The fame of Biratnagar Eye Hospital has spread far and wide, attracting patients from various neighbouring countries. Hospital staff overcome the language barrier by using sign language. Recently, a woman from Bangladesh had come for an eye check-up. The doctors had to gesture a lot while they gave her a proper examination, but everything went fine.
The Bangladeshi woman is just one example of how eye hospitals in Biratnagar have been attracting patients from nearby countries. “The patients visiting us are from countries like Bhutan, Bangladesh and Sri Lanka besides India,” said Dr Sanjay Singh, director of the Eastern Regional Eye Care Programme at the hospital.
The growth in foreign patients is due to its reputation for curing eye problems. Earlier, there was only one eye hospital in the region, Ram Lal Golchha Eye Hospital. Now there are four - two in Biratnagar and Lahan operating with the support of the Christian Blind Mission, Birat Eye Hospital and Tapadia Eye Care.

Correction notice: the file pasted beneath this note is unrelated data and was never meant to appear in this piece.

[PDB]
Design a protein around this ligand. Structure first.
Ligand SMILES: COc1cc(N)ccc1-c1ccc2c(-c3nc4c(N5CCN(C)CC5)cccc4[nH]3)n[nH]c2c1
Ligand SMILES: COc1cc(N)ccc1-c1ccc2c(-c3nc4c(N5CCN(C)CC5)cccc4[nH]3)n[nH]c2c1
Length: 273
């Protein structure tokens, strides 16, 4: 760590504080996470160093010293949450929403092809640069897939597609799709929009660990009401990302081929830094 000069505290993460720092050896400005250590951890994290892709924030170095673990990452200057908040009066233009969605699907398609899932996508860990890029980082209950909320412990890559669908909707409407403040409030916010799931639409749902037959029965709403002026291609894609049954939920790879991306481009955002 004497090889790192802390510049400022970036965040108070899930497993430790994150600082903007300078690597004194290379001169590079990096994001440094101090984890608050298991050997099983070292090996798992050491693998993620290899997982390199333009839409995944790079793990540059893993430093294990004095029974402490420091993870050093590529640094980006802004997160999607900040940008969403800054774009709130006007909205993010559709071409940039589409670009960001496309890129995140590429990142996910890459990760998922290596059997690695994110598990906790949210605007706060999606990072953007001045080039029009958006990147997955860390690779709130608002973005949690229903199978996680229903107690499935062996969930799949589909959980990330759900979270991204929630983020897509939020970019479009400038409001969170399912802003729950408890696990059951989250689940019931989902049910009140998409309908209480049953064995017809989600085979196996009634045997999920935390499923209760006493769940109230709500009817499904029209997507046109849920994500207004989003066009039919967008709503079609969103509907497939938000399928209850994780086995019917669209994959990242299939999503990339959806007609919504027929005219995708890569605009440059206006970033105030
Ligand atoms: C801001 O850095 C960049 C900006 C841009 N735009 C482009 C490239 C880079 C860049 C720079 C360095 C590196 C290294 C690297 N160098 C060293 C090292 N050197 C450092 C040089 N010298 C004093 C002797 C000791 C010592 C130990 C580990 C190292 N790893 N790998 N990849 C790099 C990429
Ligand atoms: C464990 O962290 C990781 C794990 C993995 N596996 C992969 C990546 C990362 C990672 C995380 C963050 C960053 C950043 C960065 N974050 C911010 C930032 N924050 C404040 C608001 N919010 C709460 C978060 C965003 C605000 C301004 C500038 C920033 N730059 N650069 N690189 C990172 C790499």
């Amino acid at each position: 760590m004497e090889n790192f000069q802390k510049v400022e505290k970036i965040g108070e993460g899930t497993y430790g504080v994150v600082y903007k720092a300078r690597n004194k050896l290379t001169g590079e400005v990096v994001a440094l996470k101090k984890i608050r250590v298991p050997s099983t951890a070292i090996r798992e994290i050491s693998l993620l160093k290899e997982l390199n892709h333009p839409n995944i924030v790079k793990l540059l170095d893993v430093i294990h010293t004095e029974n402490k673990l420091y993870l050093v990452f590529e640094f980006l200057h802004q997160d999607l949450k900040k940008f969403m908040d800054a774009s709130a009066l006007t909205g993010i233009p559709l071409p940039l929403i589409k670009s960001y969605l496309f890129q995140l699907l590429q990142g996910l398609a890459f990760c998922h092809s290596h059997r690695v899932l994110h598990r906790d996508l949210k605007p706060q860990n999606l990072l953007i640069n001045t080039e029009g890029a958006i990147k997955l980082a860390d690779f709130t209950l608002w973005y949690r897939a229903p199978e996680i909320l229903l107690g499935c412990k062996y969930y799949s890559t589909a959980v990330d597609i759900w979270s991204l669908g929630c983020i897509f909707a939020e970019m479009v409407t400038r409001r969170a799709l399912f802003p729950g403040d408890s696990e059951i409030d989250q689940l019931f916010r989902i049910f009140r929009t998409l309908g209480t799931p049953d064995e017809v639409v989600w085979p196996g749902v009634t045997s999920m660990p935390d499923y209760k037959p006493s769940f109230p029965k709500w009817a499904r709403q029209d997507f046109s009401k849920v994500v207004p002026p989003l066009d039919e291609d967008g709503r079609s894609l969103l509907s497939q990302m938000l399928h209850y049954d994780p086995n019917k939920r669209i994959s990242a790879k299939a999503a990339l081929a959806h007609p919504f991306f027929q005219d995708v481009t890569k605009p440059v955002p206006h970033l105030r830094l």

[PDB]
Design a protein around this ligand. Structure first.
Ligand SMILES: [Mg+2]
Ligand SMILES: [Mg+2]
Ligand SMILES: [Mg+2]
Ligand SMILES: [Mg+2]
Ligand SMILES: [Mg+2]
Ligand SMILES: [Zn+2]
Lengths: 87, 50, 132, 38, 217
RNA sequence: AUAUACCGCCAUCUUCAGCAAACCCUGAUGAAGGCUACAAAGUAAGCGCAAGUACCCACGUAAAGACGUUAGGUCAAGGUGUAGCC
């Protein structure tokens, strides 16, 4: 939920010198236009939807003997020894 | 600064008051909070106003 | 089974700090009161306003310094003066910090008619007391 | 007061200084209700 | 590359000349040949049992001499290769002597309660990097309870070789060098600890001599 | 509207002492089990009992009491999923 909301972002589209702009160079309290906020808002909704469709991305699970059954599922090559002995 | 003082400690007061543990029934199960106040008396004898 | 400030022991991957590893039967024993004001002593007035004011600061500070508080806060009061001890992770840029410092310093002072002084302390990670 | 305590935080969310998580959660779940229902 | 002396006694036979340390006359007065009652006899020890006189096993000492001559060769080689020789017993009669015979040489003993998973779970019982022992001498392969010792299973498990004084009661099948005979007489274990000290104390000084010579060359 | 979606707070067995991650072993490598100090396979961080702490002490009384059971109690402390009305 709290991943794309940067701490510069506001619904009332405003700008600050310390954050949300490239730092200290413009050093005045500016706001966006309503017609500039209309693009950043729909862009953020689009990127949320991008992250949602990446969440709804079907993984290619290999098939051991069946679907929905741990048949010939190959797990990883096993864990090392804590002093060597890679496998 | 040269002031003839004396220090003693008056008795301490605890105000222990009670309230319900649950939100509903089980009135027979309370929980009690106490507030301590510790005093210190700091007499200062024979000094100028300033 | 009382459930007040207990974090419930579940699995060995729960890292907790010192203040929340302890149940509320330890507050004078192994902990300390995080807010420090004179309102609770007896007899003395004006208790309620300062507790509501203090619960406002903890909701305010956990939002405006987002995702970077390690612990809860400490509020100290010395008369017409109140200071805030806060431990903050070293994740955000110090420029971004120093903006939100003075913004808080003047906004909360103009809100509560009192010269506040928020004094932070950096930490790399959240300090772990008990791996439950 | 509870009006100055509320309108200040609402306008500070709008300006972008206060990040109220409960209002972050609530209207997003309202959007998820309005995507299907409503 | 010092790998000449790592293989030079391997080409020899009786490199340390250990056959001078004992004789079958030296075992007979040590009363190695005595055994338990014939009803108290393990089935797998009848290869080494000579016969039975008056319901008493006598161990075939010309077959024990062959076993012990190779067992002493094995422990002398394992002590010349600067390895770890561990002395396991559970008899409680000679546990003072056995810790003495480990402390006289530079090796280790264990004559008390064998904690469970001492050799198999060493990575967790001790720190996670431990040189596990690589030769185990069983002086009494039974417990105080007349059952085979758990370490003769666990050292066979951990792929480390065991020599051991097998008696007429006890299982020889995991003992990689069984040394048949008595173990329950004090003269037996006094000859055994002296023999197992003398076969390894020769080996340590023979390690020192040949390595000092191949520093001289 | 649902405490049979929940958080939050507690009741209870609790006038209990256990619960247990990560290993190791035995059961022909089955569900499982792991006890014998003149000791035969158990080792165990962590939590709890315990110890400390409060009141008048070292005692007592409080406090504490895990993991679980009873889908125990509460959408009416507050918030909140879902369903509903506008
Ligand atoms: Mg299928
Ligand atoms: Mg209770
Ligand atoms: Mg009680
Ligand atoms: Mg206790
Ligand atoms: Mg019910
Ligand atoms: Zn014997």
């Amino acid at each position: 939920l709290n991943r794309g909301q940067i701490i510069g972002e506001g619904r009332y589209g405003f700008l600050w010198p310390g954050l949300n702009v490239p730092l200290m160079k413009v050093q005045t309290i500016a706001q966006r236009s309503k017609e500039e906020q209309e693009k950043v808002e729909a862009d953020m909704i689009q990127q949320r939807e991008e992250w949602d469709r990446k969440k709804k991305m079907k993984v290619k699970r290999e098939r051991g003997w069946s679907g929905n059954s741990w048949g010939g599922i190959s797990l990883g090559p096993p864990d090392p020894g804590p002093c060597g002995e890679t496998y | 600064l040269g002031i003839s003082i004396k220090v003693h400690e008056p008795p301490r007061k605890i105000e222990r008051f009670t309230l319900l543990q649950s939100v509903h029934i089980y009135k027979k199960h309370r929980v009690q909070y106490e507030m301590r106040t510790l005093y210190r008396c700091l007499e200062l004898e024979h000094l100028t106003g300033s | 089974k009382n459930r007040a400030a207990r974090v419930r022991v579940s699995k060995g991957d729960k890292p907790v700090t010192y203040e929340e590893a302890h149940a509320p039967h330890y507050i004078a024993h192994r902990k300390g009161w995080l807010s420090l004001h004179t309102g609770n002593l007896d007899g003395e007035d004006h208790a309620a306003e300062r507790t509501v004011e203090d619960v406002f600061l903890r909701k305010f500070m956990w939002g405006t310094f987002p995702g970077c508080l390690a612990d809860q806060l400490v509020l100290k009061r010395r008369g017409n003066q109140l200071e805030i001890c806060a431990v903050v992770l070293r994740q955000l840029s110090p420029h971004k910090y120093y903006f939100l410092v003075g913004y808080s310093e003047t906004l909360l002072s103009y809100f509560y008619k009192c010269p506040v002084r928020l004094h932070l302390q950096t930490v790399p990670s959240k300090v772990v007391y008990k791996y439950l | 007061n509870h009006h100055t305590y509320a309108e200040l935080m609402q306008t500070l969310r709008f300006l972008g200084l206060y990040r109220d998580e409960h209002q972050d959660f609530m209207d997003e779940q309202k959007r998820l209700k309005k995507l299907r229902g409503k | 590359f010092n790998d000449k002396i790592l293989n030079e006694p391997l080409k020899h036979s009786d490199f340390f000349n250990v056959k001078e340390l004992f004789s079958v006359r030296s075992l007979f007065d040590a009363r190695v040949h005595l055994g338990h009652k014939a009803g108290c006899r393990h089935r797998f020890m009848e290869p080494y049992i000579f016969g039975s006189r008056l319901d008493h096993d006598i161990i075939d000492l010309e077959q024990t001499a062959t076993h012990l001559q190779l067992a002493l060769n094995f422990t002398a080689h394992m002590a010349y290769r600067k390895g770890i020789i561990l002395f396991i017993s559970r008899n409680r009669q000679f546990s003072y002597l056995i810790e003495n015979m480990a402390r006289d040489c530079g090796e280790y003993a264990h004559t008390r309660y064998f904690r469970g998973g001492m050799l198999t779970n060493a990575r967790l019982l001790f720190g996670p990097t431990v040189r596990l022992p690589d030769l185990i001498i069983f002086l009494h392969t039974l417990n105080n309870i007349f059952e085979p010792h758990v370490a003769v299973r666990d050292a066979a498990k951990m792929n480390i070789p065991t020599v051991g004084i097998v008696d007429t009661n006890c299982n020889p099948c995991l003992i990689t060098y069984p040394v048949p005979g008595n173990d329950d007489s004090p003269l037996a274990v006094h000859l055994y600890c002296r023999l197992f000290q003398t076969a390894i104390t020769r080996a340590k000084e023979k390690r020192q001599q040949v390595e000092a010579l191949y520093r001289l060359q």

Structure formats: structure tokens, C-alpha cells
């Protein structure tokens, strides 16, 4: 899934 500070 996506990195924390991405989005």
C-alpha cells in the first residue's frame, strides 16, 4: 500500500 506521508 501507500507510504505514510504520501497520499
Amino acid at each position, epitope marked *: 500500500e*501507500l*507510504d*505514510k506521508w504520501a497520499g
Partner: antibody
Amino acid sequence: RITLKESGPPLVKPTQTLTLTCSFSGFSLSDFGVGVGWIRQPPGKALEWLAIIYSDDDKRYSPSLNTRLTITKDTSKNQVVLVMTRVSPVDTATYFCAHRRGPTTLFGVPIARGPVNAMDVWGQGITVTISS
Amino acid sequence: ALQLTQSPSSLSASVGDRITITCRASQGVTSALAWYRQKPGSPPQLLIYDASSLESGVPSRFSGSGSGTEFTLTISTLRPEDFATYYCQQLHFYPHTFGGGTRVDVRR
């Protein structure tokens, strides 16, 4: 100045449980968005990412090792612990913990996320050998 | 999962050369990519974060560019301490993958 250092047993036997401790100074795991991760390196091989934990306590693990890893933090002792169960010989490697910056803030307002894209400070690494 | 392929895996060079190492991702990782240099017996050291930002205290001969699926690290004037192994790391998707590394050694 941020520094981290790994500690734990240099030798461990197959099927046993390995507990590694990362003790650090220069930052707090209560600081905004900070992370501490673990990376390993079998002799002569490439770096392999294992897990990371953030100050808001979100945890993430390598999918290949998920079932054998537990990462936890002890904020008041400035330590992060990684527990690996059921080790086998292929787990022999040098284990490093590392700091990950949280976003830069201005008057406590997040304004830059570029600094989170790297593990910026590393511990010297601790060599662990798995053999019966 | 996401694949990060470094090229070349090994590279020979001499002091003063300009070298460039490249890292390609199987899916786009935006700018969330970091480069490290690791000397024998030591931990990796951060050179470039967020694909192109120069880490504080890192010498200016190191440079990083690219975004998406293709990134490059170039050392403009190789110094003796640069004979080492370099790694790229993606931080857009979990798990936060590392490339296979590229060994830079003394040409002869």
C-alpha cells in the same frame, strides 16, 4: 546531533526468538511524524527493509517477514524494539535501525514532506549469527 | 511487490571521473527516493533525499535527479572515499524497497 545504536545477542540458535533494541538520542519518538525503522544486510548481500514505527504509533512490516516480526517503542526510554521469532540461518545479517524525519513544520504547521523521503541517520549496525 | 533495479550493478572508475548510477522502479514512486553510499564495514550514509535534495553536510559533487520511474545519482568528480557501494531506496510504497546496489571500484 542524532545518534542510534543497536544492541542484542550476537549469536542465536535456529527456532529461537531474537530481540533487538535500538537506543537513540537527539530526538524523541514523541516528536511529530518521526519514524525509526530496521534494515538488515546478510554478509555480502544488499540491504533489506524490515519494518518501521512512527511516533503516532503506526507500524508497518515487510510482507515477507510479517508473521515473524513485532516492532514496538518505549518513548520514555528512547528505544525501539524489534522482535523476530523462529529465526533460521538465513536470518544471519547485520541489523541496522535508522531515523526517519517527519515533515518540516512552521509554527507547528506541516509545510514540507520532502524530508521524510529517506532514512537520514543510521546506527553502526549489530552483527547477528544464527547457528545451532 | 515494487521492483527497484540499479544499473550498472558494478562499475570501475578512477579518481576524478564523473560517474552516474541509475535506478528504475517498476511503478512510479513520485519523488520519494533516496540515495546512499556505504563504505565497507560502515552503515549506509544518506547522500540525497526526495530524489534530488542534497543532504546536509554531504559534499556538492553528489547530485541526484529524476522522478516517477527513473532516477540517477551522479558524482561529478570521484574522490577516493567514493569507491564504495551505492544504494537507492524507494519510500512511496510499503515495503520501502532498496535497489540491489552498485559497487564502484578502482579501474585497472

In the last five years, Biratnagar has emerged as another destination for eye treatment after the capital Kathmandu. Shailendra Raj Nepal, communications officer of Tapadia Eye Care, said that Biratnagar had been offering treatment based on modern technology which is not different from what is available in other parts of the world.
Besides providing service to local patients, eye hospitals here have been treating a huge number of patients from Bihar, India at reduced charges. This has saved Bihari patients from having to travel to Kolkata, Delhi or Chennai to get their eye diseases treated at huge cost. For a hospital being run by the private sector, they have maintained good physical infrastructure and human resource management to be more credible.
The hospitals here have investments ranging from Rs 100 million to Rs 600 million. Patients have benefited from the increased competition among hospitals to introduce new technology and expand services. Last year, 505,000 patients were treated at the eye hospitals here.